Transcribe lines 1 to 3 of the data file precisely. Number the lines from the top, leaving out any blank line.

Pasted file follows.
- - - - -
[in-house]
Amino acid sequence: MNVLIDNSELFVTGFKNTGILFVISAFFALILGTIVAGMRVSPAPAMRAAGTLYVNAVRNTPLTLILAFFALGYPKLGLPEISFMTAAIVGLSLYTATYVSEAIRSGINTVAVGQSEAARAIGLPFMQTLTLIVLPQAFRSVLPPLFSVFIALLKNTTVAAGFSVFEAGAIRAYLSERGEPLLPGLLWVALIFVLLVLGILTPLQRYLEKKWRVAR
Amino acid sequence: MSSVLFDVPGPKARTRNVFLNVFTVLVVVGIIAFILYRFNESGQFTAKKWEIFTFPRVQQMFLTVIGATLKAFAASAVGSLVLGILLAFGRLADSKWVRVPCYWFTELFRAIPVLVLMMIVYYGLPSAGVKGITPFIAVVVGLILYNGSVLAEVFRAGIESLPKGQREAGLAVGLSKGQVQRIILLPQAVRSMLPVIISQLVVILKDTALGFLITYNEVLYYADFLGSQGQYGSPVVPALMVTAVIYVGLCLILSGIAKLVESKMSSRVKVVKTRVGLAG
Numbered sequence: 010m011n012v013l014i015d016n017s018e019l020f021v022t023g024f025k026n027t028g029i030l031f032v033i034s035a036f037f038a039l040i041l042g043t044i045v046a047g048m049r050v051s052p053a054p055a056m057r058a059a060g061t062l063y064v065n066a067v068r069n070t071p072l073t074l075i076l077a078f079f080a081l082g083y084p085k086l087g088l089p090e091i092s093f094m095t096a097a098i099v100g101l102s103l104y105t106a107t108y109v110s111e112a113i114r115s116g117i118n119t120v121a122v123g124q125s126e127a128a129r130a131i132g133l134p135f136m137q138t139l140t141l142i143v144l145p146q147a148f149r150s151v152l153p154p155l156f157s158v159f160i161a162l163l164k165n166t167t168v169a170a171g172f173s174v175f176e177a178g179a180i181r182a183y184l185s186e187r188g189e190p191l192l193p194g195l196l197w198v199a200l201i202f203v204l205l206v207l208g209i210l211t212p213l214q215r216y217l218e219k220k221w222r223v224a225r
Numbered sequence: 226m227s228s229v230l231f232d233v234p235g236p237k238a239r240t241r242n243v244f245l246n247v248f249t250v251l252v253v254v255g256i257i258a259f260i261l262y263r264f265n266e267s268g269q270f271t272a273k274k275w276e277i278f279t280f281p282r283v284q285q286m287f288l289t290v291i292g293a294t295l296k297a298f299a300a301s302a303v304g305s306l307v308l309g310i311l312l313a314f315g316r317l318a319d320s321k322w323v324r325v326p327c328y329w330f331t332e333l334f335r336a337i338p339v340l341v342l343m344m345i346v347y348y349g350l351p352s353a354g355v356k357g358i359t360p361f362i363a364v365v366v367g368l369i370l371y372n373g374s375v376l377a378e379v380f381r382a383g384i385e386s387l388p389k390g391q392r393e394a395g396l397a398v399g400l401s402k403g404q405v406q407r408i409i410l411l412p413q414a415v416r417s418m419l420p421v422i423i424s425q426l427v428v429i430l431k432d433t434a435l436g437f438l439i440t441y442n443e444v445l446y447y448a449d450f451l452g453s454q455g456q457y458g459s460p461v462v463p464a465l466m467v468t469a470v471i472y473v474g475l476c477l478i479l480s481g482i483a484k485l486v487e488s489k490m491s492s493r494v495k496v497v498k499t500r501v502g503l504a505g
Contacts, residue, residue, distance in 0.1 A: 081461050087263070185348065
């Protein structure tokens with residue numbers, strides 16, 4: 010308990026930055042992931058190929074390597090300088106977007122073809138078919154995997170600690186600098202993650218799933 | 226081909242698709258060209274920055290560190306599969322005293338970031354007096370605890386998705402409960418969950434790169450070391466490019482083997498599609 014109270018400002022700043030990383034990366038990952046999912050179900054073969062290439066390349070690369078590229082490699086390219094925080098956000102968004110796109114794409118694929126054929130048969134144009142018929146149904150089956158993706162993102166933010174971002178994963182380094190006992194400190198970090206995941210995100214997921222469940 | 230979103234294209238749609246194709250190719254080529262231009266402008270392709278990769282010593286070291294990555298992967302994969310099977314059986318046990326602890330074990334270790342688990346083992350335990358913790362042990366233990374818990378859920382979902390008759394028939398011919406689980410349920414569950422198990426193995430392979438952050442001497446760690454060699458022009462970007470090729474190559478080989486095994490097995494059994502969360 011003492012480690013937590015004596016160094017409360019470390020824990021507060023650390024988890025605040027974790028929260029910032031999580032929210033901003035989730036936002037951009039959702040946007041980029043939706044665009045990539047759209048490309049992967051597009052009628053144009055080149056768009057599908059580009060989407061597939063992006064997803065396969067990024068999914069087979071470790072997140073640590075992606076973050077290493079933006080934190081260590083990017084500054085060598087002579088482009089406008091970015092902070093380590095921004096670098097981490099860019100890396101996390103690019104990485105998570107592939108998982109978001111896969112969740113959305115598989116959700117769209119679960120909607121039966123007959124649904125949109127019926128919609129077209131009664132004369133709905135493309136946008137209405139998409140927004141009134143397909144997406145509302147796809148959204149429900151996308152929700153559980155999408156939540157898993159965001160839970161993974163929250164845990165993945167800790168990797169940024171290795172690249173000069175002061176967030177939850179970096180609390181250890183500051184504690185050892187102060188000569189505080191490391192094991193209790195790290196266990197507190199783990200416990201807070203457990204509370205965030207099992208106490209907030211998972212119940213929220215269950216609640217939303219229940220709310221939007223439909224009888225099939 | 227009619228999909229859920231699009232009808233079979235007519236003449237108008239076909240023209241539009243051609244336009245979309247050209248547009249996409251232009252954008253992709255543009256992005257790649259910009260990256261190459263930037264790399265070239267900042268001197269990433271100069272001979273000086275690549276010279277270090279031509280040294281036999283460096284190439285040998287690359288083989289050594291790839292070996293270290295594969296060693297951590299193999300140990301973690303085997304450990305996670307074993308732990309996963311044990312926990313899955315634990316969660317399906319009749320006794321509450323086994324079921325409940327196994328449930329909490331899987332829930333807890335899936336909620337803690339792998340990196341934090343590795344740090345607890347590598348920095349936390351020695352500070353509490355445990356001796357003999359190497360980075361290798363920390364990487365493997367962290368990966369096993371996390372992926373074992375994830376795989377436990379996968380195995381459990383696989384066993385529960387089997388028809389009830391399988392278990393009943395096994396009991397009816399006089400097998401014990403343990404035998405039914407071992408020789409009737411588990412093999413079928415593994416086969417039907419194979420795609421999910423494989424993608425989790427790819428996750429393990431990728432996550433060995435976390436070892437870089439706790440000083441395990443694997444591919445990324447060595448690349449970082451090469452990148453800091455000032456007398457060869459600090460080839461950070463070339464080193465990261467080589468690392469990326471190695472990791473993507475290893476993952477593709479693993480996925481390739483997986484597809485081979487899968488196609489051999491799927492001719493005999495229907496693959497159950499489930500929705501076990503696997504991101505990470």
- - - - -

[in-house]
Amino acid sequence: MNVLIDNSELFVTGFKNTGILFVISAFFALILGTIVAGMRVSPAPAMRAAGTLYVNAVRNTPLTLILAFFALGYPKLGLPEISFMTAAIVGLSLYTATYVSEAIRSGINTVAVGQSEAARAIGLPFMQTLTLIVLPQAFRSVLPPLFSVFIALLKNTTVAAGFSVFEAGAIRAYLSERGEPLLPGLLWVALIFVLLVLGILTPLQRYLEKKWRVAR
Amino acid sequence: MSSVLFDVPGPKARTRNVFLNVFTVLVVVGIIAFILYRFNESGQFTAKKWEIFTFPRVQQMFLTVIGATLKAFAASAVGSLVLGILLAFGRLADSKWVRVPCYWFTELFRAIPVLVLMMIVYYGLPSAGVKGITPFIAVVVGLILYNGSVLAEVFRAGIESLPKGQREAGLAVGLSKGQVQRIILLPQAVRSMLPVIISQLVVILKDTALGFLITYNEVLYYADFLGSQGQYGSPVVPALMVTAVIYVGLCLILSGIAKLVESKMSSRVKVVKTRVGLAG